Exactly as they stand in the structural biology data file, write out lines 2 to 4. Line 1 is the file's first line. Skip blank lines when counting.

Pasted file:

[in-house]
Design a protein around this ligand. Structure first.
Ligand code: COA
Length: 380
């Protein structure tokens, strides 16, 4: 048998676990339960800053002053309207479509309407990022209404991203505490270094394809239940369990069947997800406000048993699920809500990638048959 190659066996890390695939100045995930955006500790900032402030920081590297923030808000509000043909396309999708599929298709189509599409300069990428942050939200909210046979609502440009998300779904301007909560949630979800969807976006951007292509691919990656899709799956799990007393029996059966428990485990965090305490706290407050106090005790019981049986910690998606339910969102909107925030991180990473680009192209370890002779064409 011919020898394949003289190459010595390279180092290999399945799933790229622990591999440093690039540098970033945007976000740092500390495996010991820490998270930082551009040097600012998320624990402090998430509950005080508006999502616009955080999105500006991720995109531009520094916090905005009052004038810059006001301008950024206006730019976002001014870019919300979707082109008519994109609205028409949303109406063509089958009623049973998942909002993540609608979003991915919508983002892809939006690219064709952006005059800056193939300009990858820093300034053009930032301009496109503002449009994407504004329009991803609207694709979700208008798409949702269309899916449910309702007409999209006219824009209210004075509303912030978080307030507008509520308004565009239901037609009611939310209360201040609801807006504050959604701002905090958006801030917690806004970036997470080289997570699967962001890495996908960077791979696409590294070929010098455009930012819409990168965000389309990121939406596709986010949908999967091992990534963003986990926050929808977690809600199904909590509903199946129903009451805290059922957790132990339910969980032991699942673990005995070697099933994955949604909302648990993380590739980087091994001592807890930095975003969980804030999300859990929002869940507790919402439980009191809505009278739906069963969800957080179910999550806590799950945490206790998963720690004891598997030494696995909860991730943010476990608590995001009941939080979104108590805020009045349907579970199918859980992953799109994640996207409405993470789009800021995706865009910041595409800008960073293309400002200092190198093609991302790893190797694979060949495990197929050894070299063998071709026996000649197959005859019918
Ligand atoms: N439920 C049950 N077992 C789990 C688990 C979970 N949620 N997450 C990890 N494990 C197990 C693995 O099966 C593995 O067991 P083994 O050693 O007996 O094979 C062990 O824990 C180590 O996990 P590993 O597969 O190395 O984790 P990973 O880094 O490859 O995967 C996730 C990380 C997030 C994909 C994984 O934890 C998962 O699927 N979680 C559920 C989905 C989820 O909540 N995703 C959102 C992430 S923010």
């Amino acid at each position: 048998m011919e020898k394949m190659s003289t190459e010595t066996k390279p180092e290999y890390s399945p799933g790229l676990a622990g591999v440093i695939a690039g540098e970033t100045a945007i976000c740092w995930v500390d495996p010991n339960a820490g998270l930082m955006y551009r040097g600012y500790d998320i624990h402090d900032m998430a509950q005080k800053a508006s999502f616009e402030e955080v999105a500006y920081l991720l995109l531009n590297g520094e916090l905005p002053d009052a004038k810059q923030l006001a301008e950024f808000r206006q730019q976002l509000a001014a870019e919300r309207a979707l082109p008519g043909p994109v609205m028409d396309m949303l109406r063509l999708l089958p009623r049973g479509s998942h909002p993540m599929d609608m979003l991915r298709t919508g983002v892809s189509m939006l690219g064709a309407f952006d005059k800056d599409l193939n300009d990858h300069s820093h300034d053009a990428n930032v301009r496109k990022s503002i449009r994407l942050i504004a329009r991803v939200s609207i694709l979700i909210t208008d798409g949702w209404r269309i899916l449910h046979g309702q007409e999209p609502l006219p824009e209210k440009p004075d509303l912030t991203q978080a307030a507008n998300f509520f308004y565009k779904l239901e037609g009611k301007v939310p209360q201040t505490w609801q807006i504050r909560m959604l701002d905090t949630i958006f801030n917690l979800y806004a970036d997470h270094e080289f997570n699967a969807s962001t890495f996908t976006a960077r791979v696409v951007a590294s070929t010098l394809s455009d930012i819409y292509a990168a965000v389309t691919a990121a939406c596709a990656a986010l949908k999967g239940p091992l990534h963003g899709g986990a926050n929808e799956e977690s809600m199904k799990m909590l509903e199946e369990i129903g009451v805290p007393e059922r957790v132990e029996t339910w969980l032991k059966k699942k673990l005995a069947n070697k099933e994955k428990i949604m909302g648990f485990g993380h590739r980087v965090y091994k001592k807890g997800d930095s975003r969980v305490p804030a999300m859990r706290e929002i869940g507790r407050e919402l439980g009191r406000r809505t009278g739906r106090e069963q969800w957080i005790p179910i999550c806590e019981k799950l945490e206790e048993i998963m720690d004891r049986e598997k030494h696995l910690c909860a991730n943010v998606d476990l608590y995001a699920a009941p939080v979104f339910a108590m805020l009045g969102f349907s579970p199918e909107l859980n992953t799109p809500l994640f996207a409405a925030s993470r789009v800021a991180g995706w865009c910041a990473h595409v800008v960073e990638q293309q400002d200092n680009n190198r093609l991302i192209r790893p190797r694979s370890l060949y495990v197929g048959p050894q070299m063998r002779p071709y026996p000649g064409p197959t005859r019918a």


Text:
Design a protein around this ligand. Structure first.
Ligand code: COA
Length: 380